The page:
In a bid to grow its services businesses, EMC is looking to acquire additional regional providers -- but is not in pursuit of a major national systems-integration firm, the company's chairman and CEO said Tuesday.
During a rare, one-hour press conference at the storage giant's headquarters in Hopkinton, Mass., CEO Joseph Tucci said the company would like to expand its services footprint by acquiring providers such as Internosis, a provider of managed IT services for Microsoft environments that EMC bought in January.
Tucci referred to EMC's interest in expanding its services footprint in response to a question regarding his interest in acquiring any major storage-hardware players as an effort to generate consolidation in the crowded market. Though Tucci said such a move was unlikely, he didn't rule it out entirely, and said the company's primary targets are providers of software and services. He also downplayed any impact such acquisitions might have on the company's channel partners.
"It won't be extensive," Tucci said. "We are going to make sure there is plenty of opportunity for our partners to make good profits for themselves. One of the fastest-growing areas at EMC is our channel area."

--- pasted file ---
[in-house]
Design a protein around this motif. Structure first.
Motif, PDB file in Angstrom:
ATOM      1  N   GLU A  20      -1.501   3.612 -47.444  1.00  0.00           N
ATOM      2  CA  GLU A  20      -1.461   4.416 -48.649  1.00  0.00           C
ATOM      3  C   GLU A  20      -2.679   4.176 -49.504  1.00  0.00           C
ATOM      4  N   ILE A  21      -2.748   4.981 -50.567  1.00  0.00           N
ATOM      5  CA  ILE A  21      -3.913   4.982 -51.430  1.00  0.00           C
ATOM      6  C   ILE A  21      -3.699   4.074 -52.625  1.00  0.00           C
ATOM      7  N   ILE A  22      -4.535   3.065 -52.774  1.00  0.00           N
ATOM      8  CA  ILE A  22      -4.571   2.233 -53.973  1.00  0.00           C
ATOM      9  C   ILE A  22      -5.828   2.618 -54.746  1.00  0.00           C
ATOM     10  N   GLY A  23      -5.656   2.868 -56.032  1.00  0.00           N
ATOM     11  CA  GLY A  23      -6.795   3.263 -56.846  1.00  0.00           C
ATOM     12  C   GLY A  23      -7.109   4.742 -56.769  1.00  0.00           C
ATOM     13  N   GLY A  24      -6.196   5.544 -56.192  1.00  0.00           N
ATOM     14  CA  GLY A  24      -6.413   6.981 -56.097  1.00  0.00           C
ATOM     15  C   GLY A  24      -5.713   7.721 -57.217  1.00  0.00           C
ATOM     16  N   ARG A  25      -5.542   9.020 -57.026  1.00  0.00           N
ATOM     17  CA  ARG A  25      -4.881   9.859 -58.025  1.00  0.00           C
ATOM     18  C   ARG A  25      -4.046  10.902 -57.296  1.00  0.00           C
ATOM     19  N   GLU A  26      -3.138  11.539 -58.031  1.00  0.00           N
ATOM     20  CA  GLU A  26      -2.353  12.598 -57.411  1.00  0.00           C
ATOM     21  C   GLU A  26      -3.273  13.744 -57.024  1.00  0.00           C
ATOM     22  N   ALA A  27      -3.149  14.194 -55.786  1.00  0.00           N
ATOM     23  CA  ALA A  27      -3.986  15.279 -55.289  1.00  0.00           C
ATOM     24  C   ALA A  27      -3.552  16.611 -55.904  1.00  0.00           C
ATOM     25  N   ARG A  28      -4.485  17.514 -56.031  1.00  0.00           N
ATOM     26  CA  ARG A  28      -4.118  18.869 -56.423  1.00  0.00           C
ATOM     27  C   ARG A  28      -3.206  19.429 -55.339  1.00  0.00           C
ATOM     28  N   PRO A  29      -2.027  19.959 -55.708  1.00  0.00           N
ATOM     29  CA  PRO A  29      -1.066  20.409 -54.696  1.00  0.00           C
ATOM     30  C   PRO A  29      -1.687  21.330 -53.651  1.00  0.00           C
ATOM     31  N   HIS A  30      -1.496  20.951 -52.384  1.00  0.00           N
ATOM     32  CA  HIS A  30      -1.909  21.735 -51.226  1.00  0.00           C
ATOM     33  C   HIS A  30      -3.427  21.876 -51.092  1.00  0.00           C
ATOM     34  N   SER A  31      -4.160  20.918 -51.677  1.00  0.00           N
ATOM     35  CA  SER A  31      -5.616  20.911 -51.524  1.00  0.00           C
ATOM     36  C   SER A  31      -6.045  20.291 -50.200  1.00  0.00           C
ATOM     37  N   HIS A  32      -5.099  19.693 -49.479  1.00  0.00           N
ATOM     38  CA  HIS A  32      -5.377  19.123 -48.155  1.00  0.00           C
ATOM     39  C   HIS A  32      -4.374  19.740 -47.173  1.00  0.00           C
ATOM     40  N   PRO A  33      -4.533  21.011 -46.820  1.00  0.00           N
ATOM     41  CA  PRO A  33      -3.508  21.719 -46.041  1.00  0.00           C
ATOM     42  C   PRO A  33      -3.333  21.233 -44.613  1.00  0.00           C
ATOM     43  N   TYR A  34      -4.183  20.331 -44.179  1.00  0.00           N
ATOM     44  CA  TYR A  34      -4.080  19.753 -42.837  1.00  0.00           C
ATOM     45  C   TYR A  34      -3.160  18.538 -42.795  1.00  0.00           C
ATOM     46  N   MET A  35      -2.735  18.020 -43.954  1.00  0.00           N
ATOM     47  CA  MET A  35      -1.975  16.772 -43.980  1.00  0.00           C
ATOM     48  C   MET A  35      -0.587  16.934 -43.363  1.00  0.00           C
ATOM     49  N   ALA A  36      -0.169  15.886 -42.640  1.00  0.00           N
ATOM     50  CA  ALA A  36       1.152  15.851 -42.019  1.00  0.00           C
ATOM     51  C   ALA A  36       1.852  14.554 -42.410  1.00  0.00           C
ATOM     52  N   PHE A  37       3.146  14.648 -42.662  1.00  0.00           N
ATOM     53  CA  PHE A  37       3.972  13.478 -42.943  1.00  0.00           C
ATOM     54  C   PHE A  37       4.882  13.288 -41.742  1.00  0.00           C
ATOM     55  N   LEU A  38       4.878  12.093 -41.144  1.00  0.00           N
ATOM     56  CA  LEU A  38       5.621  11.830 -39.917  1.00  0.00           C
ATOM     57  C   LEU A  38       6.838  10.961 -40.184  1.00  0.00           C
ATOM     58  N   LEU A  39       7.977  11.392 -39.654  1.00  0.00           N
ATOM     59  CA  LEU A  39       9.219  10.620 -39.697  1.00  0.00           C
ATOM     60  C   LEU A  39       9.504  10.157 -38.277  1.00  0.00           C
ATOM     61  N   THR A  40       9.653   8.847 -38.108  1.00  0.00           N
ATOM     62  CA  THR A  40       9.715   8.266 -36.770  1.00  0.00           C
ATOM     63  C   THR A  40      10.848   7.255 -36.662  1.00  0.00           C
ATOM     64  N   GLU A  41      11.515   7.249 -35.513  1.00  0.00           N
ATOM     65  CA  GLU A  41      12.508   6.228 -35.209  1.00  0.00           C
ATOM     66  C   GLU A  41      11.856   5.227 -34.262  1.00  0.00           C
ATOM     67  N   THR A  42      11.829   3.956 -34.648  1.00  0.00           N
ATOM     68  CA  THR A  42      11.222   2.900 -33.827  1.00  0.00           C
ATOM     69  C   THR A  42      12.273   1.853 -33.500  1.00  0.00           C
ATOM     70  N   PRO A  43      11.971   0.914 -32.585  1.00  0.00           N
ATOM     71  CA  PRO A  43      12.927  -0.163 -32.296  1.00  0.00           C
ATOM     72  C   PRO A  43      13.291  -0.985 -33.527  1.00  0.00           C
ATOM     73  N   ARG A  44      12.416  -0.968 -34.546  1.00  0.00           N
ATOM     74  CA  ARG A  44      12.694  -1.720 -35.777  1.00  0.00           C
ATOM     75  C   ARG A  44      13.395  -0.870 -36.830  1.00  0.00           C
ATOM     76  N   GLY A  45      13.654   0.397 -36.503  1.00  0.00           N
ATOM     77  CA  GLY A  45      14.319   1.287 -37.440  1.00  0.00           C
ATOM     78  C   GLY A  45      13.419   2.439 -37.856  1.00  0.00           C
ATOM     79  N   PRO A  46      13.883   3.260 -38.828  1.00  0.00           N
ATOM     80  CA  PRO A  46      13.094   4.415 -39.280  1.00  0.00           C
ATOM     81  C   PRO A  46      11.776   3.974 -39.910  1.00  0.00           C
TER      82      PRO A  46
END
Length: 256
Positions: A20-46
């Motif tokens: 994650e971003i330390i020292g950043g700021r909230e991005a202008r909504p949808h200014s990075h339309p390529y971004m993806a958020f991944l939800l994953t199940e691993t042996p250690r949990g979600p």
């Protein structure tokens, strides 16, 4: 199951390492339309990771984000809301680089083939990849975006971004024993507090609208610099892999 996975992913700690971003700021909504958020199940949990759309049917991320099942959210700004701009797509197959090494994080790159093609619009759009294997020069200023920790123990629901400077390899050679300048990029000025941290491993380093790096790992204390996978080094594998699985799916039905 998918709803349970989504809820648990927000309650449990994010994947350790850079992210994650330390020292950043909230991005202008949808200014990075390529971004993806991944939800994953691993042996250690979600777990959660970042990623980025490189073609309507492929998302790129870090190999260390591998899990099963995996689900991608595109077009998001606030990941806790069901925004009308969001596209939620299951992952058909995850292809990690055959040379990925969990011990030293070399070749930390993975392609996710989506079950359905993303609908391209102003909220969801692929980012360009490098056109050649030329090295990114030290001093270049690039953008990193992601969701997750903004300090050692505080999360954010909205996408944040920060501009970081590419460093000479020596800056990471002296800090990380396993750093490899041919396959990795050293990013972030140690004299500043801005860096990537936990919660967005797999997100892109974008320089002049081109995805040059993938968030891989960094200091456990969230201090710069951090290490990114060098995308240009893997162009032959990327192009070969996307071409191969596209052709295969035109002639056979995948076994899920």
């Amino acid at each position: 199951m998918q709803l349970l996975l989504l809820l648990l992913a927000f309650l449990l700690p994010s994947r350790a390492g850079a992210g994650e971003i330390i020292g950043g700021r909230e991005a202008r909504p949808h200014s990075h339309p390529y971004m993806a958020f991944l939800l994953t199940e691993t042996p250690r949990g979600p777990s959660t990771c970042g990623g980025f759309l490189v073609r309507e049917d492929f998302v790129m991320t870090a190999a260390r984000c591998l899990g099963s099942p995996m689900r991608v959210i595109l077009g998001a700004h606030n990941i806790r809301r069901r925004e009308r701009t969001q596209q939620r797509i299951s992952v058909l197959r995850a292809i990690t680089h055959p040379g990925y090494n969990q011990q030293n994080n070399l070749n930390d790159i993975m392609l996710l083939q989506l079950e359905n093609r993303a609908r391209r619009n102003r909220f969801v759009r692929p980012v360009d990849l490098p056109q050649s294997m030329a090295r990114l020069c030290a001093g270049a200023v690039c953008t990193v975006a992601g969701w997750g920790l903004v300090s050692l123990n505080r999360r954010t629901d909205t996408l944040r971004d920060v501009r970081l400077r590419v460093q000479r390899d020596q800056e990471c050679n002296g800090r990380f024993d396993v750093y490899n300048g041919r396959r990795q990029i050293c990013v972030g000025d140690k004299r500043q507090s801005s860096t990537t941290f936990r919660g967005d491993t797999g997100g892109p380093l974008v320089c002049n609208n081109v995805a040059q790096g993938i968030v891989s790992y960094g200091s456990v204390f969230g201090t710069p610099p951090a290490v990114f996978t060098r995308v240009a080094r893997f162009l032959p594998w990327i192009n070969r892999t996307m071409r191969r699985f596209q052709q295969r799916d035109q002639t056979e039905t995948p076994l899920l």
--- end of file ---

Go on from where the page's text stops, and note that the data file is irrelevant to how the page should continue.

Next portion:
Of course, it wasn't always that way. EMC has a history of competing with its partners -- a reputation it is working hard to shed. As part of that effort, the company recently launched its EMC Insignia line, a group of products for SMB customers sold primarily through the channel.
Still, on Tuesday EMC spoke primarily of its efforts in the enterprise segment, where key pillars of growth will center around virtualization of storage, servers and networks; security; and the migration of traditional systems management to "orchestration," whereby events aren't merely put into a database and presented to an administrator but modeled into automated actionable responses to system conditions.
Mark Lewis, EMC's executive vice president and chief development officer, said that goes way beyond today's network, systems and fault management offerings, which have not become the so-called manager-of-managers long promised by a number of vendors, he said.
"[IBM Tivoli] is dying under its own weight," Lewis said. "I don't know a customer yet who has deployed the full implementation of Tivoli."
Unified ILM is also going to be a key area of growth, EMC execs said; EMC is looking to help customers move away from application-specific ILM, which consists of such products as the company's EmailXtender and DatabaseXtender. Those offerings manage the lifecycle of data within those apps, such as tiering of data, retention policies, recovery and business continuity.
Unified ILM is the evolution of that in which customers can manage those policies that would allow for discovery, a common archive and common retrieval across multiple applications and systems.
Where virtualization is concerned, EMC sees continued huge growth for products from its VMware group, from offerings it recently acquired from Rainfinity, as well as from its own Invista network storage virtualization product. Howard Elias, executive vice president for global marketing and corporate development, noted that EMC's $131 million VMWare revenue represented a 64 percent spike year-over-year for the most recent quarter.
"We are quite confident this business has tremendous headroom to grow," Elias said.